The Major in Comparative Literature and Society (CLS) allows qualified students to pursue the study of literature, culture, and society with reference to material from several national traditions, or in a combination of literary study with comparative study in other disciplines in the humanities and social sciences. Under the guidance of the director of undergraduate studies, students select courses offered by the various participating departments.
The major is innovatively designed for students whose interest and expertise in languages other than English permit them to work comparatively in several national or regional cultures. The course of study differs from that of traditional comparative literature programs both in its cross-disciplinary nature and in its expanded geographic range, including not just European, but also Asian, Middle Eastern, African, and Latin American cultures. The program includes course work in the social sciences, and several of the program’s core courses are jointly taught by faculty from different disciplines. Students will thus explore a variety of methodological and disciplinary approaches to cultural and literary artifacts in the broadest sense. The cross-disciplinary range of the program includes visual and media studies; the law and the humanities; and studies of space, cities, and architecture. As a major, the program in comparative literature and society can be said to flow naturally from Columbia’s Core Curriculum, and invariably attracts some of Columbia’s most ambitious and cosmopolitan students. Our ICLS students consistently graduate in the top 25% of Columbia College.
Given the wide variety of geographic and disciplinary specializations possible within the major, students construct their course sequence in close collaboration with the director of undergraduate studies. But all students share the experience of the “Introduction to Comparative Literature and Society” seminar in their sophomore year as well as that of the required senior seminar. The major is designed for students interested in the cross-disciplinary and cross-cultural study of texts, traditions, media, and discourses in an increasingly transnational world.
Requirements for the Major
The major in Comparative Literature and Society consists of a minimum of 33 points or 11 courses, distributed as follows. Courses taken to fulfill the application requirements do not count toward the major. With the exception of courses taken to satisfy the global core requirement, double counting of courses to the CPLS major and another program or university requirement must be approved by the DUS
- Introduction to ICLS (CPLS V3900), taken in the spring of the sophomore year (3 points)
- Two courses with a CPLS designator. CLXX courses, i.e. courses cross-listed between ICLS and other departments, may also be counted toward this requirement (6-8 points)
- Two seminars in a humanities or social science discipline other than literature (e.g. Architecture, Anthropology, Art History, Economics, Gender & Sexuality Studies, History, Law, Linguistics, Music, Political Science, Race & Ethnicity Studies, Sociology…). The two courses must be grounded in the same disciplinary approach but don’t have to be offered by the same department or program (6-8 points)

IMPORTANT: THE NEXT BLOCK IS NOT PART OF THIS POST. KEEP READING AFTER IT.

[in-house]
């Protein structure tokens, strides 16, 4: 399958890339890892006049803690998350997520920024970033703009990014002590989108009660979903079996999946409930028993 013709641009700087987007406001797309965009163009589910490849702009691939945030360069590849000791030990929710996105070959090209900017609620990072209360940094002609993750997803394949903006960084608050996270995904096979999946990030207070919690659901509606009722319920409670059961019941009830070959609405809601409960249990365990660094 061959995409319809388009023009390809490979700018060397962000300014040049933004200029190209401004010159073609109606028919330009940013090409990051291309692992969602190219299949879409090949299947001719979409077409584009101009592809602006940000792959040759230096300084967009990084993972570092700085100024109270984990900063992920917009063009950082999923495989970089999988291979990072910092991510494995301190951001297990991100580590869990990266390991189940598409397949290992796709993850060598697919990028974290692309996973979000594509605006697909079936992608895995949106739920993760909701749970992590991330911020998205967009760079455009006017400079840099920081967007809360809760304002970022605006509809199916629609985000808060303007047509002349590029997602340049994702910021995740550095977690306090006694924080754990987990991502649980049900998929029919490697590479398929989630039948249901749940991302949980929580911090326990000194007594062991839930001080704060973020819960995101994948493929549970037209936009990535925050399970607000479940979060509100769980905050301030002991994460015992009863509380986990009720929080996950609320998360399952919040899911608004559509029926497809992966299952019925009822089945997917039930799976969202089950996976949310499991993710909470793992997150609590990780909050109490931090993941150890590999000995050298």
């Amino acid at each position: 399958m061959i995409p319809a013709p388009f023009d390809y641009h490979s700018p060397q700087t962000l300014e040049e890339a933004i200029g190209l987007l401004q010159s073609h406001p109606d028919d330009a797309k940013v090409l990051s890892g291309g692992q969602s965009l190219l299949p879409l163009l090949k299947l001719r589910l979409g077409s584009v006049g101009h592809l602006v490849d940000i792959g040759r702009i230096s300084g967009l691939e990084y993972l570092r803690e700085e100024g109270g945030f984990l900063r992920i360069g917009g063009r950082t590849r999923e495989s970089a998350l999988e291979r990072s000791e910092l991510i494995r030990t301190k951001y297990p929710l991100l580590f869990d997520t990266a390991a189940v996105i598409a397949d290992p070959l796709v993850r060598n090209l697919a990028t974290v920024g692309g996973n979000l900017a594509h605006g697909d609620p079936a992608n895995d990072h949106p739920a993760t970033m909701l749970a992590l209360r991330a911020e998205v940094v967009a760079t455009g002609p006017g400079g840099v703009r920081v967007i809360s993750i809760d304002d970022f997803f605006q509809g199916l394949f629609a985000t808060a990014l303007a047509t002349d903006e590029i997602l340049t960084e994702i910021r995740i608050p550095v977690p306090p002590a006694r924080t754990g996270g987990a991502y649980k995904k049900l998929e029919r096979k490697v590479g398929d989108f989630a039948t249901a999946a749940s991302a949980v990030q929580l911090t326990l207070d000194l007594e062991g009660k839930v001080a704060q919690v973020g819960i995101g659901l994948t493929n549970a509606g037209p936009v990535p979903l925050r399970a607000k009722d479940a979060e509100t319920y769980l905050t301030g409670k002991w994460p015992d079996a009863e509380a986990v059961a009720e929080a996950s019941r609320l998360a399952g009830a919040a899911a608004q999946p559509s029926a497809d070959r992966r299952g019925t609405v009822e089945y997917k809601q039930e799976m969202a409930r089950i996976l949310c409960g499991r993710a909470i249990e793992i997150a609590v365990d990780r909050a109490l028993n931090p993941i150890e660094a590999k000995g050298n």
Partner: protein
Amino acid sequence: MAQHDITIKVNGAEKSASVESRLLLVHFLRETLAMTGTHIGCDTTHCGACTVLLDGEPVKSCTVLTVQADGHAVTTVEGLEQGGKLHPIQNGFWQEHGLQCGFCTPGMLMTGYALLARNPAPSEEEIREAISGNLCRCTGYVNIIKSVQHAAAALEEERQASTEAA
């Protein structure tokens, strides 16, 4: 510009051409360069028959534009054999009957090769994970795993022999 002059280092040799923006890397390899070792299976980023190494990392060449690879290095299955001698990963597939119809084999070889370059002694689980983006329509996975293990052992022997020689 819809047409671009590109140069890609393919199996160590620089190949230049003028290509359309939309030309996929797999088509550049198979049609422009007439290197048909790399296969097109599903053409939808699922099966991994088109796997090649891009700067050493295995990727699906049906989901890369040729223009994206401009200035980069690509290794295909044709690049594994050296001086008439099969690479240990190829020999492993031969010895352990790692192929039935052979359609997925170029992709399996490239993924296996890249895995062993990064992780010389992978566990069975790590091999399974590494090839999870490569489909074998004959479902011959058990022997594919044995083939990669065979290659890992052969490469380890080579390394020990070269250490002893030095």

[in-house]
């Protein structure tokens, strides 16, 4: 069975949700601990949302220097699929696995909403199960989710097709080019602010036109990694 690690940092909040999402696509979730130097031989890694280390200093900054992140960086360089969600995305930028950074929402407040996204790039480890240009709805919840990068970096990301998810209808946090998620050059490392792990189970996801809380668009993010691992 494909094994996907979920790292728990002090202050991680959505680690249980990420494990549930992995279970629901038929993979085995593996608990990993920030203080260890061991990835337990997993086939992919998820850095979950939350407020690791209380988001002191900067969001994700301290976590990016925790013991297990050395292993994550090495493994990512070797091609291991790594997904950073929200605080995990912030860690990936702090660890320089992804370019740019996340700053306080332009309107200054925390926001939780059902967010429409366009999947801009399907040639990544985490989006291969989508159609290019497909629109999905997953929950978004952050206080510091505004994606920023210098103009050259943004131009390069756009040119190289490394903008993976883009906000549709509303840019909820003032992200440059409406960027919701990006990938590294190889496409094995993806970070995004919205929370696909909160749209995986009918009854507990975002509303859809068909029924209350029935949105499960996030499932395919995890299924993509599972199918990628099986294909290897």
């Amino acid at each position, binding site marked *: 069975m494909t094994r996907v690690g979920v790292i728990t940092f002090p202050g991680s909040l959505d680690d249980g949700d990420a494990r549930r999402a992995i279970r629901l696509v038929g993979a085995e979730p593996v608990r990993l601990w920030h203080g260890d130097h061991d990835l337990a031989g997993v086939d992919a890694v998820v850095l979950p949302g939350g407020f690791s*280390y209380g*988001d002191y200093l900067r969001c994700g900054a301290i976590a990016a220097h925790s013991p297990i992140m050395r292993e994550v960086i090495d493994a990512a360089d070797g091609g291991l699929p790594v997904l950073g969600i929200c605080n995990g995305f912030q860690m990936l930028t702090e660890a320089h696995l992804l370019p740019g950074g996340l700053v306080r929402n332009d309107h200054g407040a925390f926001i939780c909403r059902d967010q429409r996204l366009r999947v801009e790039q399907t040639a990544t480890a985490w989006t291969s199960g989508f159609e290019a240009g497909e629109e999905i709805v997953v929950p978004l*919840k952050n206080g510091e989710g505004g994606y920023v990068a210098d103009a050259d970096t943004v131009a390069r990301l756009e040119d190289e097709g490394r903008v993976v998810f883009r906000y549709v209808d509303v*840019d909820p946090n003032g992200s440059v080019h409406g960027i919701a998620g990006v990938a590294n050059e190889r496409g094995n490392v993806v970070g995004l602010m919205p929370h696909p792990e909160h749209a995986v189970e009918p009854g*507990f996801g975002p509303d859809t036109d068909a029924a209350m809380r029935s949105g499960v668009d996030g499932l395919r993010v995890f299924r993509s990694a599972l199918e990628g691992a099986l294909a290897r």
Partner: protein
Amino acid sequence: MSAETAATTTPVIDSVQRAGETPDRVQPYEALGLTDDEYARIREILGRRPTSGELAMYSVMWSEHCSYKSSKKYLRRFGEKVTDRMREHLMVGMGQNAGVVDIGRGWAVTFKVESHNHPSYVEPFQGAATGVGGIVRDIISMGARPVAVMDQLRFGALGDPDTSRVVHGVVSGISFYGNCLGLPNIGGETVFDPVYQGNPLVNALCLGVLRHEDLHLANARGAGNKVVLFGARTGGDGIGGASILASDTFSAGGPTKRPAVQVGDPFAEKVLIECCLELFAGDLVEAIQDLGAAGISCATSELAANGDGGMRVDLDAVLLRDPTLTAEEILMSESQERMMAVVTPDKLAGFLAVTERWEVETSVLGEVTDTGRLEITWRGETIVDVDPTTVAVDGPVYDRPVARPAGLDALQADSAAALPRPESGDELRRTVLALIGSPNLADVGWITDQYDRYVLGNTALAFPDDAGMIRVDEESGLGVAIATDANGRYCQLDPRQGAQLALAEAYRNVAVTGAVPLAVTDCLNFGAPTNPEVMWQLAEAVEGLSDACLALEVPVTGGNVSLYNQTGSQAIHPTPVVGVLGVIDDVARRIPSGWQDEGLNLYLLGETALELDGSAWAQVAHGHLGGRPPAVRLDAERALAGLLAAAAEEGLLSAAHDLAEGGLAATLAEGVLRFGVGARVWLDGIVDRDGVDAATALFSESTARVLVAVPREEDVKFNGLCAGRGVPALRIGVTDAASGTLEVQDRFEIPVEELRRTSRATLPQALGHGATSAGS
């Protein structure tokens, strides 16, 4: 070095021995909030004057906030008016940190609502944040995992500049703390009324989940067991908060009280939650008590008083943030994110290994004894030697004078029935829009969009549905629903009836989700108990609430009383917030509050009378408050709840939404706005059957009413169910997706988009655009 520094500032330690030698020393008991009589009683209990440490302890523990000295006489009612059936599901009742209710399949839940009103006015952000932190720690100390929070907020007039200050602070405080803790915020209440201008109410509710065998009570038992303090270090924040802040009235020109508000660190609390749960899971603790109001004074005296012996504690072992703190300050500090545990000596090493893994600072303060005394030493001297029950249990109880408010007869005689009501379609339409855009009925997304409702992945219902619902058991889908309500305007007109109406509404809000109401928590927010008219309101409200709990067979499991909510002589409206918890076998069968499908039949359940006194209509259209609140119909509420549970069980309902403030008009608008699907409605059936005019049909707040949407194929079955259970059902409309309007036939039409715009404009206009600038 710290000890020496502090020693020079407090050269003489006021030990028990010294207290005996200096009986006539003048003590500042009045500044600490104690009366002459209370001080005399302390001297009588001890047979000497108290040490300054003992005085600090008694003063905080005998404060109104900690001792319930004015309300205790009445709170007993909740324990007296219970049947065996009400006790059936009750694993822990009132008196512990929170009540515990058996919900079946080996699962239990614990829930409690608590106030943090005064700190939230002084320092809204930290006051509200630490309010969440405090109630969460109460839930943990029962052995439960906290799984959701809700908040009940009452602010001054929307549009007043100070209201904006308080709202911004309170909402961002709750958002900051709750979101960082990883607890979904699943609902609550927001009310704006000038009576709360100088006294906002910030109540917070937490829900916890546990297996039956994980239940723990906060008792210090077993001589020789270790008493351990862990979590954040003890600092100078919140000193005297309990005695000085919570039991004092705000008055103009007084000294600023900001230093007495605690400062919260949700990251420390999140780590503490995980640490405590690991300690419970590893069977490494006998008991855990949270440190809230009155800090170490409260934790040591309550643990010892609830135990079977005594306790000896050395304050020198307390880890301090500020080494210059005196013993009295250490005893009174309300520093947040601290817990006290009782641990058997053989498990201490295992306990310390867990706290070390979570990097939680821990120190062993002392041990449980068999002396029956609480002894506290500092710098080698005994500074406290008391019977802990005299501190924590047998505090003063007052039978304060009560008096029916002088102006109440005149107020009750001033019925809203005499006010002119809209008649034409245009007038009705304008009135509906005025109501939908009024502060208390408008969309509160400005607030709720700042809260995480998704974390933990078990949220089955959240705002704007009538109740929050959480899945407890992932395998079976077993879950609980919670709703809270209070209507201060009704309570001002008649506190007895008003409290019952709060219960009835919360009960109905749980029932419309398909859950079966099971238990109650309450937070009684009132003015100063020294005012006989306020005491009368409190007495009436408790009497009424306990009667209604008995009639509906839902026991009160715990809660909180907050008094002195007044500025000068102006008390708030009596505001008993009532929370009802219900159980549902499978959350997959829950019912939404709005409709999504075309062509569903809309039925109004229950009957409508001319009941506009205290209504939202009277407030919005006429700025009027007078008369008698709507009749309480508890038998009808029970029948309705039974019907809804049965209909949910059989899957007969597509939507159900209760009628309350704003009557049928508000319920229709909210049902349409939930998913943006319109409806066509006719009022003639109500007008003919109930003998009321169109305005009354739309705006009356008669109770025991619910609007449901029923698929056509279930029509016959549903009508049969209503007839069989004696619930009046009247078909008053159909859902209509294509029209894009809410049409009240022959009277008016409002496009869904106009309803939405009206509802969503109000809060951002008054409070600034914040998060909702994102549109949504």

- Two courses requiring readings in a language other than English. (The two courses don’t have to be in the same foreign language) (6-8 points)
- Two courses focusing on a specific national or regional literature or culture, chosen from any discipline (The two courses should focus on the same nation/region) (6-8 points)
- One elective course reflecting the student’s intellectual interests. Additional foreign language study may also be counted with DUS approval (6-8 points)
- Senior Seminar in Comparative Literature and Society (CPLS V3991)
The senior seminar is taken in fall semester of the senior year. Students explore three areas of contemporary reflection in the field of comparative literature and society. Topics change yearly and are aligned with current ICLS research projects. Recent examples include: Bandung Humanism; Global Language Justice; A Safer Online Public Square
- (Optional) Senior Thesis (CPLS 3995) (3 points)
Students sign up for thesis credits (CPLS 3995) in the spring semester of the senior year but should begin to prepare in the fall semester. They work with an adviser from the Columbia/Barnard faculty who oversees the project and assigns the final grade. The DUS of ICLS is the second reader for all projects. The thesis must be a minimum of 35 pages double-spaced and must include footnotes and a bibliography. Translations, creative work and multi-media projects can be submitted with the prior approval of the DUS. These must be accompanied by an introduction that situates the project intellectually. The thesis should be written in English unless a student receives permission from the DUS to write in another language. Note that the completed thesis is submitted before the end of the spring semester, usually by April 15. The thesis is considered as a 3-point course. It may be counted toward a student’s electives (requirement h) or, with the permission of the DUS, toward another requirement
Students should consult frequently with the DUS to ensure that their program of study develops in consonance with the intellectual project described in the focus statement that was presented as part of the admissions process. The faculty understands that this statement is itself a work in progress, but also that it serves as a useful guide to the student’s academic pursuits and course selection.
Comparative Literature and Society majors should also consider the Barnard College course offerings in Comparative Literature. They are also strongly encouraged to avail themselves of the opportunity to study abroad.